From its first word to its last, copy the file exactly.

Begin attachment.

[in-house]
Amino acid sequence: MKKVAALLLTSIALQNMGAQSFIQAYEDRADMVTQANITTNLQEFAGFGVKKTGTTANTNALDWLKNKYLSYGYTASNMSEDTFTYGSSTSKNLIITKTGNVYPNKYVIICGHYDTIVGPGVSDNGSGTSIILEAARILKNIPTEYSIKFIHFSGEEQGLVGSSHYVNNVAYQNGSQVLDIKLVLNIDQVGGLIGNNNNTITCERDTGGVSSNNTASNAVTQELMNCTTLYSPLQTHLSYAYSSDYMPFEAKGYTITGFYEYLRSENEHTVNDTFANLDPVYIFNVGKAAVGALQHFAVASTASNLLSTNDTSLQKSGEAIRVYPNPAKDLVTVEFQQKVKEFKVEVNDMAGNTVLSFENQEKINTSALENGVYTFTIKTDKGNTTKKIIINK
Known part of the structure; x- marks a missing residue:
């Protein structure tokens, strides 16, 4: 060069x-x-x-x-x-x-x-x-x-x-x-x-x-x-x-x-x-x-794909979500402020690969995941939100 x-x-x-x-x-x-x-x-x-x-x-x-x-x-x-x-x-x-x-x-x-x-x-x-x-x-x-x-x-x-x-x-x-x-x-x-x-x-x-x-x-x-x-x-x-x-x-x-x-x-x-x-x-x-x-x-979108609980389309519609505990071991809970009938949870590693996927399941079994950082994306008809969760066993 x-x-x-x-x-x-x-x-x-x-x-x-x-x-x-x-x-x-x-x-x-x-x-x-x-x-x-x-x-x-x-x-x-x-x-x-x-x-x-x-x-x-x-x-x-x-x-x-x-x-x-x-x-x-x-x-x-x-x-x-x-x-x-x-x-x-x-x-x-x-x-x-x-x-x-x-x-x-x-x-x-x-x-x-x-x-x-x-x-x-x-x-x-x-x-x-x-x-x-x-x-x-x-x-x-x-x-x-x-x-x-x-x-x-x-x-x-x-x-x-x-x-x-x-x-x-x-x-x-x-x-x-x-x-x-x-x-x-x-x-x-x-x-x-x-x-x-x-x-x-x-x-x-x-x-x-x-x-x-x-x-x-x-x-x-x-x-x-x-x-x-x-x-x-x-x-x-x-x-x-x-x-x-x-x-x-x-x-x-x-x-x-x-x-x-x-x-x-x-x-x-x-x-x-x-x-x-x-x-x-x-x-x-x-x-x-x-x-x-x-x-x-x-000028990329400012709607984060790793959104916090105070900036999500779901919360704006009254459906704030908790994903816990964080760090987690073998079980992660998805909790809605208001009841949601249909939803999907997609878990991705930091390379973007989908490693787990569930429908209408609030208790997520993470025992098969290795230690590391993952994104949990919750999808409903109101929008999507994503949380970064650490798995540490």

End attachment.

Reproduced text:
[in-house]
Amino acid sequence: MKKVAALLLTSIALQNMGAQSFIQAYEDRADMVTQANITTNLQEFAGFGVKKTGTTANTNALDWLKNKYLSYGYTASNMSEDTFTYGSSTSKNLIITKTGNVYPNKYVIICGHYDTIVGPGVSDNGSGTSIILEAARILKNIPTEYSIKFIHFSGEEQGLVGSSHYVNNVAYQNGSQVLDIKLVLNIDQVGGLIGNNNNTITCERDTGGVSSNNTASNAVTQELMNCTTLYSPLQTHLSYAYSSDYMPFEAKGYTITGFYEYLRSENEHTVNDTFANLDPVYIFNVGKAAVGALQHFAVASTASNLLSTNDTSLQKSGEAIRVYPNPAKDLVTVEFQQKVKEFKVEVNDMAGNTVLSFENQEKINTSALENGVYTFTIKTDKGNTTKKIIINK
Known part of the structure; x- marks a missing residue:
């Protein structure tokens, strides 16, 4: 060069x-x-x-x-x-x-x-x-x-x-x-x-x-x-x-x-x-x-794909979500402020690969995941939100 x-x-x-x-x-x-x-x-x-x-x-x-x-x-x-x-x-x-x-x-x-x-x-x-x-x-x-x-x-x-x-x-x-x-x-x-x-x-x-x-x-x-x-x-x-x-x-x-x-x-x-x-x-x-x-x-979108609980389309519609505990071991809970009938949870590693996927399941079994950082994306008809969760066993 x-x-x-x-x-x-x-x-x-x-x-x-x-x-x-x-x-x-x-x-x-x-x-x-x-x-x-x-x-x-x-x-x-x-x-x-x-x-x-x-x-x-x-x-x-x-x-x-x-x-x-x-x-x-x-x-x-x-x-x-x-x-x-x-x-x-x-x-x-x-x-x-x-x-x-x-x-x-x-x-x-x-x-x-x-x-x-x-x-x-x-x-x-x-x-x-x-x-x-x-x-x-x-x-x-x-x-x-x-x-x-x-x-x-x-x-x-x-x-x-x-x-x-x-x-x-x-x-x-x-x-x-x-x-x-x-x-x-x-x-x-x-x-x-x-x-x-x-x-x-x-x-x-x-x-x-x-x-x-x-x-x-x-x-x-x-x-x-x-x-x-x-x-x-x-x-x-x-x-x-x-x-x-x-x-x-x-x-x-x-x-x-x-x-x-x-x-x-x-x-x-x-x-x-x-x-x-x-x-x-x-x-x-x-x-x-x-x-x-x-x-x-x-000028990329400012709607984060790793959104916090105070900036999500779901919360704006009254459906704030908790994903816990964080760090987690073998079980992660998805909790809605208001009841949601249909939803999907997609878990991705930091390379973007989908490693787990569930429908209408609030208790997520993470025992098969290795230690590391993952994104949990919750999808409903109101929008999507994503949380970064650490798995540490």